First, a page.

Any job seeker should be asking questions before accepting a job offer. These questions to ask before accepting a job offer can ensure that you place yourself into a position you’re happy with. And that you’re aware of the types of benefits you’ll receive when working with the company.
Before asking these questions, be sure to review the offer letter to see if these details are part of the employment agreement.
Best Questions to Ask Before Accepting a Job
Questions to ask before you accept a job offer.
Are there any performance incentives?
Performance incentives could be on an individual level or on a company level. Ideally, there are corporate incentives that are provided when the company does well.
This could include stock, RSU’s, or cash bonuses when the company has a great year.
Is there any opportunity to get equity or stock in the company?
Most companies will tease this to you when you interview with them. In circumstances where it’s not clear, it’s best to ask.
It’s common for companies to want to give their employees stock options in order to motivate them.
What’s the company culture pride itself on?
Learning about the company culture in advance of accepting a new job can be a great idea. It’s important to consider work/life balance as part of your overall compensation package.
Companies that want to pay you well but don’t treat you well aren’t worth it.
Learn what it will be like to work within the company before you accept.
What does the benefits package look like?
Does the company offer 401k’s, health, dental, vision, or maternity leave? These are important questions that should be asked in advance.
Ask these additional questions to gain further insights:
- Does the company over maternity leave?
- Do you have dental or vision?
Does the company have a 401k or retirement benefit?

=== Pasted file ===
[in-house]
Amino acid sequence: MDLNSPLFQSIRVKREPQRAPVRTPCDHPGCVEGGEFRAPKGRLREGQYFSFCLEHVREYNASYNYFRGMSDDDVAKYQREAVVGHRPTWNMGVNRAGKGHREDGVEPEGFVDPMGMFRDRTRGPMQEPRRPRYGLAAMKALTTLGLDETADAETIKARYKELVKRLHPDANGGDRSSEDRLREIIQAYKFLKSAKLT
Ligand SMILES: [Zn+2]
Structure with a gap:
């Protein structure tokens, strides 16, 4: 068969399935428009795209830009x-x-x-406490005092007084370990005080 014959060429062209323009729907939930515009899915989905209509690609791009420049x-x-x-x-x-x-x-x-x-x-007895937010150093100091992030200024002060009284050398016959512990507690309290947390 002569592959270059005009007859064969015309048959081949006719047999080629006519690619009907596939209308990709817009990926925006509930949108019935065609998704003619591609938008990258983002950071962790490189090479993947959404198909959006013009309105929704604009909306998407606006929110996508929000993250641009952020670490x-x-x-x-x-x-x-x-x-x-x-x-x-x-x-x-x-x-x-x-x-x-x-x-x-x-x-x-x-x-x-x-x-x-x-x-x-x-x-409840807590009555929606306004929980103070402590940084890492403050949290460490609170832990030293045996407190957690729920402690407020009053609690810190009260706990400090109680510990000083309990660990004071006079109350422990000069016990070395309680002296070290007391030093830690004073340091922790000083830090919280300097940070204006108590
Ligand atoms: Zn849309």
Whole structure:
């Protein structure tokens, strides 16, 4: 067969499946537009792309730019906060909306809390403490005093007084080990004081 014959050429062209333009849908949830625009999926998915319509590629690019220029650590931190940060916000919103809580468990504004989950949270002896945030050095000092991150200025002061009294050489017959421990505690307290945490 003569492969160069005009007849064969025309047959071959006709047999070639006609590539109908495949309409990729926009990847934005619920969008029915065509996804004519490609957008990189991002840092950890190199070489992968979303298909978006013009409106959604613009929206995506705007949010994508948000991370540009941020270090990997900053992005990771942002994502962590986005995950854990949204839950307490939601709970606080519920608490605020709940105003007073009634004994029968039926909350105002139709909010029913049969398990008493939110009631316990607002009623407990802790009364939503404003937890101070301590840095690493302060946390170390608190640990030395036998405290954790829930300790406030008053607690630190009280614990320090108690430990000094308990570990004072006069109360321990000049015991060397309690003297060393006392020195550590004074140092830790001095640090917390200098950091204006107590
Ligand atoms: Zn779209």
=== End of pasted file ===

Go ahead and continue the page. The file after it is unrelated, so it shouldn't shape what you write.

Learn about the 401k benefits the company might offer. If the hiring manager speaks about 401k contribution options, be sure to follow up with these questions:
- How much can I contribute annually?
- Does the company have a 401k match policy?
What is the paid vacation time policy?
Paid vacation days are important. What’s the policy on the paid vacation days?
Ask the following questions to learn more:
- How many paid vacation days can I take annually?
- Do unused vacation days rollover into the following year?
What’s the sick day policy?
Does the company have paid sick days? For corporate positions, this could be included in the paid vacation time policy.
Here are some questions to ask about sick days:
- Does the company offer paid sick days?
- How many sick days can an employee take per year?
Does the company have a bonus plan?
Are there bonuses for achieving specific objectives, goals, or completing initiatives? This could be part of your salary negotiation discussions, to include asking about bonus options.
This could have been discussed in the interview process. Though, it’s best to clarify and ensure that you have all the information you need.
After asking this question, in combination with questions around company benefits, you may want to negotiate a higher salary before accepting the job offer.
How long do I have to accept the position?
A question that helps to determine which jobs or job offers you want to take. An employer will usually provide you with one week to decide. In some cases, they may want you to decide within 48 hours.
Here are variations of the question to ask:
- I’d like to take some time to consider this position. How much time do I have to accept?
- Is it okay if I take 3-5 business days to discuss with my family before accepting?
- When would you like this offer letter signed by?
What team am I going to be on?
If you want to make sure you’re going to like the team you are begin assigned with, it’s best to ask. A job offer won’t have the details of which team or project you’ll be starting with.
A hiring manager will have more information about who you’ll be working with. And can provide their names or the department.
From there, you can investigate further, and decide if you like the chemistry of the team.
Who am I going to report to?